Survey of healthcare workers’ knowledge and attitudes about antibiotics and antibiotic resistance

Antibiotics IV in a hospital

What do European healthcare workers know about antibiotics and antibiotic resistance?

The survey

On 28 January, Public Health England (PHE) launched a new multilingual survey, funded by the European Centre for Disease Prevention and Control (ECDC), which aims to gain an understanding of European healthcare workers’ knowledge and attitudes about antibiotics and antibiotic resistance. 

Previous studies have primarily focused on the general public and medical students, highlighting a gap in the understanding of these topics by healthcare workers and other health students.

The objectives of the study for ECDC are therefore:

  • to gain a better understanding of their knowledge and perceptions to provide a base to support future needs in terms of policy and education changes, and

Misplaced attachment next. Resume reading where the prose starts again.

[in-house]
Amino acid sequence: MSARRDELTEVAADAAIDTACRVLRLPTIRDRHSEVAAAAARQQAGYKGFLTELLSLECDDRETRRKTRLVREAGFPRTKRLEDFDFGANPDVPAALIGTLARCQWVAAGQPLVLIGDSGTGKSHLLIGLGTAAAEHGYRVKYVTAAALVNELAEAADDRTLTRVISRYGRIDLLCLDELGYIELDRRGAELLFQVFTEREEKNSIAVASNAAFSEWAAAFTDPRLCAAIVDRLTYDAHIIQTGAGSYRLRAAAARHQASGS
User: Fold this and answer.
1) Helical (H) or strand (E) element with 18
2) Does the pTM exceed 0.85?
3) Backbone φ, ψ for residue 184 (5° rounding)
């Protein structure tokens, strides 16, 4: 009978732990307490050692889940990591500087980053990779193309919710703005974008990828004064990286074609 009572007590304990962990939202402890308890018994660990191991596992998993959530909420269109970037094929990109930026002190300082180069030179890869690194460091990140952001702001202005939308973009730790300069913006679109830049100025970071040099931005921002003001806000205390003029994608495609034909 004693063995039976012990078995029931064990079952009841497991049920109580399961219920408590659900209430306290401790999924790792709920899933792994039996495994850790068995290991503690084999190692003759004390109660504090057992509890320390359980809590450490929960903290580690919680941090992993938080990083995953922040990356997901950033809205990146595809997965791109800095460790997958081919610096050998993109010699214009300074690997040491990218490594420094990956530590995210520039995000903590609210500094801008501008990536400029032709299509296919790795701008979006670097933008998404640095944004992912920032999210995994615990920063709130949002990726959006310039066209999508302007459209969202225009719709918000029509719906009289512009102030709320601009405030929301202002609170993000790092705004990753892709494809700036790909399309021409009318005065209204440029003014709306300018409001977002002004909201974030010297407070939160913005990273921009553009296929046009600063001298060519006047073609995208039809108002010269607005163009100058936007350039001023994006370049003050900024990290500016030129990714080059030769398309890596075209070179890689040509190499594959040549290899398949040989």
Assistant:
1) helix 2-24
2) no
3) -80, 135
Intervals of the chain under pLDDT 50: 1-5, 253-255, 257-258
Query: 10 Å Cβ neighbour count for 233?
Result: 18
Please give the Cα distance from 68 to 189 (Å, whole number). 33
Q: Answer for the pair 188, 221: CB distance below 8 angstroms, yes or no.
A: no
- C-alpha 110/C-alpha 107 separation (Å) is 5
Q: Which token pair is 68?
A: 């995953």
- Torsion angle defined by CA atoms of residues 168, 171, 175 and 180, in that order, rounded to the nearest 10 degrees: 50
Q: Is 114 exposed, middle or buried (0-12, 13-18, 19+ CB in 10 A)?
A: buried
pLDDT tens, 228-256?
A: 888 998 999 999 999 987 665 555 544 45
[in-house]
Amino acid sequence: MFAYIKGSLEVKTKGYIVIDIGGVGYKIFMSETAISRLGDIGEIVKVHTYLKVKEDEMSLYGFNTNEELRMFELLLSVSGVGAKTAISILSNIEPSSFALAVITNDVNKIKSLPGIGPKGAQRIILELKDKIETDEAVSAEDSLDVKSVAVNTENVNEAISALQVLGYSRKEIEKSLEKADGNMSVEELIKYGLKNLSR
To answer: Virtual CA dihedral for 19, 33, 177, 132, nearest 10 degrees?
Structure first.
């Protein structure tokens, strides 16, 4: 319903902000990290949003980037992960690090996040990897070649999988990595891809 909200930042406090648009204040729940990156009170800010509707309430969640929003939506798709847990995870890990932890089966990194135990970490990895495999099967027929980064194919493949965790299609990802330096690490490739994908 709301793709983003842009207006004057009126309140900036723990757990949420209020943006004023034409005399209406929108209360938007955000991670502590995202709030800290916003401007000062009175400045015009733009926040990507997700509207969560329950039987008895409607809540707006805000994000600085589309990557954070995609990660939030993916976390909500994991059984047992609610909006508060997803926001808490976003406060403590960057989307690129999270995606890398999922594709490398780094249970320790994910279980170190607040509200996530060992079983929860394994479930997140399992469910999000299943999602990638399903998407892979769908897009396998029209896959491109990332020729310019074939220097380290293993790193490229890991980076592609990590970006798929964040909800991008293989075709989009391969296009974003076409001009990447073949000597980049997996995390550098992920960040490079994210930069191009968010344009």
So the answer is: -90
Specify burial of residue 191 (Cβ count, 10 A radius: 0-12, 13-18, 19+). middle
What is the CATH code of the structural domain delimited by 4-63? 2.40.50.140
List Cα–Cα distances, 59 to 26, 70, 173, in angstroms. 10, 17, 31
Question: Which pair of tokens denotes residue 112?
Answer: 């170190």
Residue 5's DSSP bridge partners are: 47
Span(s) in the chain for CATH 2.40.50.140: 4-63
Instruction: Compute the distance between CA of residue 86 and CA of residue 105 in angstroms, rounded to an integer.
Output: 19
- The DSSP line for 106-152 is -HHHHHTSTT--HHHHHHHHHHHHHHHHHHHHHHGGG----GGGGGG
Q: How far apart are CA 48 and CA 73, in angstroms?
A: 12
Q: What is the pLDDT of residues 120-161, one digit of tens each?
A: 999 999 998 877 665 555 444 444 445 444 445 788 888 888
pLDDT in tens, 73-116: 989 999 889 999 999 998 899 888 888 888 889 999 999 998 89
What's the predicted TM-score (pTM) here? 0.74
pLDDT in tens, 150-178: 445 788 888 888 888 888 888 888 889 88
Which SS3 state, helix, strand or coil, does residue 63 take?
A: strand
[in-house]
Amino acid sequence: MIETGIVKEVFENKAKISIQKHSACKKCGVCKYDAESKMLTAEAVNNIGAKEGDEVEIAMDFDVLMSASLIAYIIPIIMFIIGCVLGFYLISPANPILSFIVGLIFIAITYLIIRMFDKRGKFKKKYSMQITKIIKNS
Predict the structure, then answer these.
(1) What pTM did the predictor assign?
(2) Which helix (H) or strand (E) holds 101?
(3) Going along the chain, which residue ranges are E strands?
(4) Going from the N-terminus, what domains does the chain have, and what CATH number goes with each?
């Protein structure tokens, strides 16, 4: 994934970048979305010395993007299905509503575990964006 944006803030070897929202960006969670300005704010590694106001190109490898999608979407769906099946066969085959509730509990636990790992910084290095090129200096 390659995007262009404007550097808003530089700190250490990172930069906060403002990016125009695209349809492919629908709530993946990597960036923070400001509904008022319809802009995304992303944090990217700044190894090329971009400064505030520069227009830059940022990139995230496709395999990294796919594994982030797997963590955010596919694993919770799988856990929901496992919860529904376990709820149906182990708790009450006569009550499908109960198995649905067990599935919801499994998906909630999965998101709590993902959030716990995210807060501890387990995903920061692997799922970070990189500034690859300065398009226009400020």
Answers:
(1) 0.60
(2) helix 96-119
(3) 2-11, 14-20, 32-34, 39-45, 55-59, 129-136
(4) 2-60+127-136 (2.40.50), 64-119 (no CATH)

• to fill in gaps in terms of evaluation of communication campaigns targeting healthcare workers

The survey is aimed at healthcare workers, including doctors, nurses, pharmacists and hospital managers, as well as clinical scientists, physiotherapists, nursing assistants, dental/pharmacy technicians, public health teams and health students.

Launching the results  on EAAD 2019

To mark EAAD 2019, ECDC released the results of the first multi-country and multi-professional study across 30 EU/EEA countries on the knowledge, attitudes and behaviours of healthcare workers regarding antibiotics, antibiotic use and antibiotic resistance.

Understanding the barriers to prudent antibiotic use is vital to develop and deliver interventions that increase awareness and knowledge and ultimately change behaviour about antibiotic use. 

Knowledge and awareness of antibiotic resistance and related issues is generally high among European healthcare workers, according to the first European survey to examine attitudes and behaviours in relation to antibiotic resistance in this group. However, the study also illustrates important knowledge gaps.